Sunday, November 18, 2012

Terrorism Is Not Random

As I write this highly civilized Israelis are flying over Gaza bombing various things and people, reportedly with the President's approval. Israel's attacking Gaza right now follows the usual pattern of violence and political insecurity lining up. Palestinians are at the UN this year asking for state recognition, Netanayahu's elections are coming up, and reports now are saying that a peace deal not only was on the table, but the Palestinian who was to be involved, was killed. This is significant for a reason.

I first developed an understanding of terrorism as I studied civil wars and assassinations in the US. But more recently, I found other people who discovered the same thing. They weren't bloggers either.

Some months back (my memory doesn't deal with timelines well) there was a massive rise in antiSemitic attacks across the world. My neighborhood was hit with graffiti and broken windows. It was worse in Europe, particularly France and UK.

Two explanations were possible. One was that this violence was chaotic and unpredictable -- a very scary option. The other is that terrorism is predictable. Every time there was political uncertainty between Israel and the Palestinians, serious violence broke out. I recall Glenn Beck disagreeing, citing the more scary version, but according to the people being hurt, who for their own interest have to figure out why, a different reason is available.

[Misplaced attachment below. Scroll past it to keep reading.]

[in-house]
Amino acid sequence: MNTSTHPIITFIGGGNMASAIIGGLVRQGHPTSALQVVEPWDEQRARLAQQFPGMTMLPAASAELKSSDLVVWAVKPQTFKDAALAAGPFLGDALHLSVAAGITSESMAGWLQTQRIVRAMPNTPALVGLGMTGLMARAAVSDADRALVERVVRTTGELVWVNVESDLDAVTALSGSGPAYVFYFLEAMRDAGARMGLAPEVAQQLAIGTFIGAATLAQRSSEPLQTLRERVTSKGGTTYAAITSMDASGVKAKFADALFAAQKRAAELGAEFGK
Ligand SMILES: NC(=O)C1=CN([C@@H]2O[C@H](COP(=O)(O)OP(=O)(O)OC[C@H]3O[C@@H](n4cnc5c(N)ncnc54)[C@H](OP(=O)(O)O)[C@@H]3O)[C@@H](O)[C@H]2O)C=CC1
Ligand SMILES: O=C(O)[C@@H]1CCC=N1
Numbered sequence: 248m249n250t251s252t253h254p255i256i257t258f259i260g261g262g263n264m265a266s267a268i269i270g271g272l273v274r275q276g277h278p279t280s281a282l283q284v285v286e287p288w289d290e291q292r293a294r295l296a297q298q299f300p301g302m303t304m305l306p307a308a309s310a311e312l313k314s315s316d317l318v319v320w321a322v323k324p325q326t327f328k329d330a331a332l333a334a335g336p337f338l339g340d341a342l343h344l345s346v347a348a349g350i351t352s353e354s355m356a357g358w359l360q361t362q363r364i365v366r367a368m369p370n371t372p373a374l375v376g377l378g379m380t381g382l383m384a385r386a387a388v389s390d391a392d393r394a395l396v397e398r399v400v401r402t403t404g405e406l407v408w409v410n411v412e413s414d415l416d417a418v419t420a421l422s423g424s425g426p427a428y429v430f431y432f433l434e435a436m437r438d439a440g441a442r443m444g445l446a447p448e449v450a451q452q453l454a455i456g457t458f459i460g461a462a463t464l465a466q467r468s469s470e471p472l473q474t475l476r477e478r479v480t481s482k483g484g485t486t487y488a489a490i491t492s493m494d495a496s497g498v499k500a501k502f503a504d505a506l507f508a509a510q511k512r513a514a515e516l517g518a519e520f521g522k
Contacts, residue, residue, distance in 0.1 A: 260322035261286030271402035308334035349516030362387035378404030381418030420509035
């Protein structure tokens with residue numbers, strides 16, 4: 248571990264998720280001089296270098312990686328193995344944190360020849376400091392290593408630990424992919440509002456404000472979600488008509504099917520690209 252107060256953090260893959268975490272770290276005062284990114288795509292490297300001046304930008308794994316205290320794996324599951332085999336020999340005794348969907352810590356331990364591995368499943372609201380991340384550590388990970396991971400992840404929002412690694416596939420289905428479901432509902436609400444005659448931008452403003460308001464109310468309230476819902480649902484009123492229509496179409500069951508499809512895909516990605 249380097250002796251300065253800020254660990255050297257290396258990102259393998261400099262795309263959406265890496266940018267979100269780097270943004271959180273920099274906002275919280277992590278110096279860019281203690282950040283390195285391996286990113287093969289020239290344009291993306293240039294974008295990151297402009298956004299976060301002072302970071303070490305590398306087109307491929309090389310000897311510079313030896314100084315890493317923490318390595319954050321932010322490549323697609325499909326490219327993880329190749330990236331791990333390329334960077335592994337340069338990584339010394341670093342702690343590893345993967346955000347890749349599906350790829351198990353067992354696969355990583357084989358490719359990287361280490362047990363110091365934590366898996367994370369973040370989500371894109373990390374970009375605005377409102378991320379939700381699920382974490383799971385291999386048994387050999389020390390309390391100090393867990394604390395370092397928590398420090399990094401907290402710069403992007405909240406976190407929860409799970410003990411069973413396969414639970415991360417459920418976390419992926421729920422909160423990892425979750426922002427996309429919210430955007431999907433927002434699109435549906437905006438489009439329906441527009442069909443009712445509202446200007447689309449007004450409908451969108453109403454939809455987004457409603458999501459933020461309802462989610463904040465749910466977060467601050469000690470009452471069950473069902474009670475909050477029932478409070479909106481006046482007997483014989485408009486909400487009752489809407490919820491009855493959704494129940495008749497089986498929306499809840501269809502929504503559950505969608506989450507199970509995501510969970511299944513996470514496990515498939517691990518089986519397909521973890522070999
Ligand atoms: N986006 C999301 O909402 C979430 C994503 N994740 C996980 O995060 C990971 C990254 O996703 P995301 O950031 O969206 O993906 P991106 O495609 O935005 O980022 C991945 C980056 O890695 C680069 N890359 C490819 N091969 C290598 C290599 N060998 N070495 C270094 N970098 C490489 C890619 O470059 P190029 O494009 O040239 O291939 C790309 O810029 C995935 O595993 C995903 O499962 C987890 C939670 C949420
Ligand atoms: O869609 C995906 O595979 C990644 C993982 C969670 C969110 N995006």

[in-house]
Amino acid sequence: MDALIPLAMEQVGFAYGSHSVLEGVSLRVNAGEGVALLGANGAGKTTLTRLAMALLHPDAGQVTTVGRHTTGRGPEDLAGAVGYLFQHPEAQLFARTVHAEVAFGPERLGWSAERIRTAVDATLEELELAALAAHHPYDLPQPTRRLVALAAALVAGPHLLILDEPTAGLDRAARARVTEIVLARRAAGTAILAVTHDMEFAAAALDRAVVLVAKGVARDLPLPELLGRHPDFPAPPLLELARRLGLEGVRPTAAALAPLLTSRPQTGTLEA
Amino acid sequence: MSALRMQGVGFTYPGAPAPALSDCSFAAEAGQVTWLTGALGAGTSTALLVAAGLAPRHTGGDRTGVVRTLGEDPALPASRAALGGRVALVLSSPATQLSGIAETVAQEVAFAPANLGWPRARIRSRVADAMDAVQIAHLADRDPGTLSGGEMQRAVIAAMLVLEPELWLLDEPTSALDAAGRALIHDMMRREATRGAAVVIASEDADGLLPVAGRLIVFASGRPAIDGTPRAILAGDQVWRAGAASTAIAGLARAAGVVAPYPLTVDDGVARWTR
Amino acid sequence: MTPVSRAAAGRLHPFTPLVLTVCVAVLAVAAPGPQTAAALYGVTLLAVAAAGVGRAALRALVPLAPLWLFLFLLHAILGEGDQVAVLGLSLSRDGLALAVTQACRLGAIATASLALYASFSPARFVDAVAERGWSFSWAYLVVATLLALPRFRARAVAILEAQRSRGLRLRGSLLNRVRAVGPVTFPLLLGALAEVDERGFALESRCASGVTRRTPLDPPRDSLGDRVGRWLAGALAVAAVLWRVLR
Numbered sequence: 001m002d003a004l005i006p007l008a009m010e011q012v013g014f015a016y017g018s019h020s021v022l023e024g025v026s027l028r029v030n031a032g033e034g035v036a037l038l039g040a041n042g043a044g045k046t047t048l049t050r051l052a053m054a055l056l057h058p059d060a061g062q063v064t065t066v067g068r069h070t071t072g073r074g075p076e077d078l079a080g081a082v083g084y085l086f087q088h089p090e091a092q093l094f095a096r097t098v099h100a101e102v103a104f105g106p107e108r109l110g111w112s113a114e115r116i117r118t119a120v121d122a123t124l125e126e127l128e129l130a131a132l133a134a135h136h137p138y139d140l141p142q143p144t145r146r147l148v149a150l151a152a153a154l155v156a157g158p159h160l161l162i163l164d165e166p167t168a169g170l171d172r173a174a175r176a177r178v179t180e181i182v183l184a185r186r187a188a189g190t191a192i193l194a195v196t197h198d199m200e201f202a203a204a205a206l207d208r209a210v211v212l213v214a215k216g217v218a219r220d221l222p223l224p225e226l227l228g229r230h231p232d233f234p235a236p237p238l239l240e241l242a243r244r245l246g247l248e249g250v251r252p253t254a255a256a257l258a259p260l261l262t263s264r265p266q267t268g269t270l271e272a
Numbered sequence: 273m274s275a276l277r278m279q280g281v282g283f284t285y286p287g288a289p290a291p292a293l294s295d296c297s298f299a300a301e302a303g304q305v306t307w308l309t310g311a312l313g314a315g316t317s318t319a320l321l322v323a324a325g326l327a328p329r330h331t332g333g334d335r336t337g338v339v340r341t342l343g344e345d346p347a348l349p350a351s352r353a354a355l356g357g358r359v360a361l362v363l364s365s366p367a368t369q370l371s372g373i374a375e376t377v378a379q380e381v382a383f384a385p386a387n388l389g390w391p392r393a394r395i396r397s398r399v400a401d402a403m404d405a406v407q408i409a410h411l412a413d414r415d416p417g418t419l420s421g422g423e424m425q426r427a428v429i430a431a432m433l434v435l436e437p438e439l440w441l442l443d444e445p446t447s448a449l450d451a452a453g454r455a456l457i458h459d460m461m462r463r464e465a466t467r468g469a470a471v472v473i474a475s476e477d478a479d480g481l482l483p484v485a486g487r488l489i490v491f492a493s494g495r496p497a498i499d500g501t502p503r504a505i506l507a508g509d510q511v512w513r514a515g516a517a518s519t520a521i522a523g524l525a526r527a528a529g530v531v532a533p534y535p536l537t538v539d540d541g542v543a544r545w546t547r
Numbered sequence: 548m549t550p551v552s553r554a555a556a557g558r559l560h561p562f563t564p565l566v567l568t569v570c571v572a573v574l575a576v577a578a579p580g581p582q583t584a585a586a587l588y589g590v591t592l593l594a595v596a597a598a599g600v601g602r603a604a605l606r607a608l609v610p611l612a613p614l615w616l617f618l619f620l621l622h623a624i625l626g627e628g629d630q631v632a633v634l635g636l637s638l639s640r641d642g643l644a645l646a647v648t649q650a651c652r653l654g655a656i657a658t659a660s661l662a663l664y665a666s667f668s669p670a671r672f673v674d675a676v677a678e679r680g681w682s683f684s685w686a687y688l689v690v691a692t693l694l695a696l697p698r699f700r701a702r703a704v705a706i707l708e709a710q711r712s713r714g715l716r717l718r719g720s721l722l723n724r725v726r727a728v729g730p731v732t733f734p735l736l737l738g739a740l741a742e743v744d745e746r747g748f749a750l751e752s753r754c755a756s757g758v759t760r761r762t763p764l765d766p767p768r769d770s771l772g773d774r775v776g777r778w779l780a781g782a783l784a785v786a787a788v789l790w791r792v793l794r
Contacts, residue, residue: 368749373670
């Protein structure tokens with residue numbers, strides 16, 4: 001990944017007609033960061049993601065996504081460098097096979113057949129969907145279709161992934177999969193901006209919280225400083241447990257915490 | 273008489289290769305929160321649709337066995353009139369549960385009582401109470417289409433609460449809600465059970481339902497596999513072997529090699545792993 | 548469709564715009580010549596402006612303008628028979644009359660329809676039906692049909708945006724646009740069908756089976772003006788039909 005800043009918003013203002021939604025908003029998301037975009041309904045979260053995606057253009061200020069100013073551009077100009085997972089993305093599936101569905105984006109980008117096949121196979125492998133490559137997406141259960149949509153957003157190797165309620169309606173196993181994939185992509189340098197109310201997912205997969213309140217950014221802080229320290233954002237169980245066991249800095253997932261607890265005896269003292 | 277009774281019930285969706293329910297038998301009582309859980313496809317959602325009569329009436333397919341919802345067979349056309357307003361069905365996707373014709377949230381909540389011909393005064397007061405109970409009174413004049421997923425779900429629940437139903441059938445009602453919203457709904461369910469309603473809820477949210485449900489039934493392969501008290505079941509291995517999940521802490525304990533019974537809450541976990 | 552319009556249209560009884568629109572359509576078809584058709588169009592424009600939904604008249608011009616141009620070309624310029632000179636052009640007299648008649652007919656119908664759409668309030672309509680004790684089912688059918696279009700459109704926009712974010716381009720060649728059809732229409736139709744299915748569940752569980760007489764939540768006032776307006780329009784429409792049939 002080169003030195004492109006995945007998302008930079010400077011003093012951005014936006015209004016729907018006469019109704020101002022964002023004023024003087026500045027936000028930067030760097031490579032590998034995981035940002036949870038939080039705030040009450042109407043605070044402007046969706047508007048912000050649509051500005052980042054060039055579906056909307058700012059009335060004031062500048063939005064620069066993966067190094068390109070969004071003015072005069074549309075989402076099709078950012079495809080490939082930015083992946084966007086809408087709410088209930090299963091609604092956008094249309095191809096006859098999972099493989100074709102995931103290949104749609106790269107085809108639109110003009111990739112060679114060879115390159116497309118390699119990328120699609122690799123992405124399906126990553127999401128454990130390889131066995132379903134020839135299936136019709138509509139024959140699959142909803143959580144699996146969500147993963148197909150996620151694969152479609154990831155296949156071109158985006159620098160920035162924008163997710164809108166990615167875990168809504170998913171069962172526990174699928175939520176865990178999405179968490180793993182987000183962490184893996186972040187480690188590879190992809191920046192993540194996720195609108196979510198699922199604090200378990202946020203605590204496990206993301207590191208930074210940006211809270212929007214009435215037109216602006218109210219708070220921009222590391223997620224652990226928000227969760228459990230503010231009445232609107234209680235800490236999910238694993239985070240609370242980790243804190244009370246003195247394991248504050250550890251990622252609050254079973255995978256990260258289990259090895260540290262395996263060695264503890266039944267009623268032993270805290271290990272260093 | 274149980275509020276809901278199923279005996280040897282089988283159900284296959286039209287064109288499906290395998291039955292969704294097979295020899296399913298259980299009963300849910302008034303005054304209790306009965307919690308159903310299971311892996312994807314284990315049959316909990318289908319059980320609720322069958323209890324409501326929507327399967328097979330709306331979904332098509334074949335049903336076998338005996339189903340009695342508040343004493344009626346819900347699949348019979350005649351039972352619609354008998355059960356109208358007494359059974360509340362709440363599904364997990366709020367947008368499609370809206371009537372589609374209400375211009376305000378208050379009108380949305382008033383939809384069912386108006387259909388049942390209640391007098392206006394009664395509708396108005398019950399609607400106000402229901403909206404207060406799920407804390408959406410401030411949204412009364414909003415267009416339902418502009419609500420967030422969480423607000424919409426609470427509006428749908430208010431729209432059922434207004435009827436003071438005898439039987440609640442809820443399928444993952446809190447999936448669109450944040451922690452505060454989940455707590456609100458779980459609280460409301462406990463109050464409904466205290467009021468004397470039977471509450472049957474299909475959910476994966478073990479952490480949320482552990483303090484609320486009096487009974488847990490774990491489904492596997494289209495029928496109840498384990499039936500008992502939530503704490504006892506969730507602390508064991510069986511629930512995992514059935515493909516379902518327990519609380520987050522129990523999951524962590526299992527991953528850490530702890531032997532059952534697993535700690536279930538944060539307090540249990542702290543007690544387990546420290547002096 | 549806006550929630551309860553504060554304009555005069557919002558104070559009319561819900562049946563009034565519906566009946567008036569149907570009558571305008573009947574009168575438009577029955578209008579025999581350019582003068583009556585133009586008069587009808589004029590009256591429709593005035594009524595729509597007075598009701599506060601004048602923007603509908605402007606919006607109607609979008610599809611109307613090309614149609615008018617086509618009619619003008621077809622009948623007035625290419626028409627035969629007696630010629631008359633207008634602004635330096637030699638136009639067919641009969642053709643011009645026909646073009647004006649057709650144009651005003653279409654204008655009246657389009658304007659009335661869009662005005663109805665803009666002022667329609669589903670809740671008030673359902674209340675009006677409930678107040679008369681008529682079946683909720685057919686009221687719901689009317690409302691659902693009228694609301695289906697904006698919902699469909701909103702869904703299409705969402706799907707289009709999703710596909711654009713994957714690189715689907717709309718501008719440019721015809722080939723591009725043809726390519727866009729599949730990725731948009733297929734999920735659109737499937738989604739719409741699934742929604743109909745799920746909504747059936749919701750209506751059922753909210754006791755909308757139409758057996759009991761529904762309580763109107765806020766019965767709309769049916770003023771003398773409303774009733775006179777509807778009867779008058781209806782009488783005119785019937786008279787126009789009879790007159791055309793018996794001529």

The first has one useful quality -- it easily parallels in justifications for more violence. If someone is choosing targets randomly, it's a greater more pressing threat, and deserves more effort, because more people will be hurt. That is to say some particular belief of a person is the problem, and they cannot be dealt with. This is already a predatory mindset, and I question whether it should be ever used on higher mammals, let alone people. If there was a reason why people seem to be acting stupid, I would put it on this. They have to be ignorant in order to justify violence.

There's another theory, and one does not have to rely on testimony from violent people. A study done by the group CRIF, the leading group of Jewish civil society in France, while cautioning that this evidence alone was not enough to confirm an exact parallel, confirmed that more reports of antiSemitic attacks occurred during the times of year when political insecurity in Israel/Palestine was greatest. It turns out there is quite possibly a reason for the terrorism, not a just cause at all, but an undeniable pattern.  It was traceable not just on a timeline but in the acts themselves. Graffiti in France named Israeli figures. This second theory is something I think any reasonable person can understand and apply. It suggests that terrorism, or violence against civilians in order to establish a political goal, can be predicted.

I think getting everyone on the same page about this is a good step. In my next essay I will outline strategies to stop political insecurity. These will include popular organizing, establishing rapport with people who work for powerful interests, and demanding accountability.

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